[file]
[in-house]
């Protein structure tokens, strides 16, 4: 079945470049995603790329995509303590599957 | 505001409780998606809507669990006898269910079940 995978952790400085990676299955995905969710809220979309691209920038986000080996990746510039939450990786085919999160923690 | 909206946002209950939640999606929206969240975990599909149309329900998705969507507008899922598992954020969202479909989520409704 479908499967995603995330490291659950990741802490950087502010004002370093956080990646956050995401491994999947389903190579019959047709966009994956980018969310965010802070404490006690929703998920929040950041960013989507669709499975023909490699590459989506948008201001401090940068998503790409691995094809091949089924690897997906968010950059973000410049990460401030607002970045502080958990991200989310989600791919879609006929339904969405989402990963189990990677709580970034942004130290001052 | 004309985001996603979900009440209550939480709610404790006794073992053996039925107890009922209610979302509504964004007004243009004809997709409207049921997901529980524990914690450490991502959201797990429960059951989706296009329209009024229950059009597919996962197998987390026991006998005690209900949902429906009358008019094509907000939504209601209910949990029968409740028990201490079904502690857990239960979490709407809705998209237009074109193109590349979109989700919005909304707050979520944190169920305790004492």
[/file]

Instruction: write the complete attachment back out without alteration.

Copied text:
[in-house]
């Protein structure tokens, strides 16, 4: 079945470049995603790329995509303590599957 | 505001409780998606809507669990006898269910079940 995978952790400085990676299955995905969710809220979309691209920038986000080996990746510039939450990786085919999160923690 | 909206946002209950939640999606929206969240975990599909149309329900998705969507507008899922598992954020969202479909989520409704 479908499967995603995330490291659950990741802490950087502010004002370093956080990646956050995401491994999947389903190579019959047709966009994956980018969310965010802070404490006690929703998920929040950041960013989507669709499975023909490699590459989506948008201001401090940068998503790409691995094809091949089924690897997906968010950059973000410049990460401030607002970045502080958990991200989310989600791919879609006929339904969405989402990963189990990677709580970034942004130290001052 | 004309985001996603979900009440209550939480709610404790006794073992053996039925107890009922209610979302509504964004007004243009004809997709409207049921997901529980524990914690450490991502959201797990429960059951989706296009329209009024229950059009597919996962197998987390026991006998005690209900949902429906009358008019094509907000939504209601209910949990029968409740028990201490079904502690857990239960979490709407809705998209237009074109193109590349979109989700919005909304707050979520944190169920305790004492």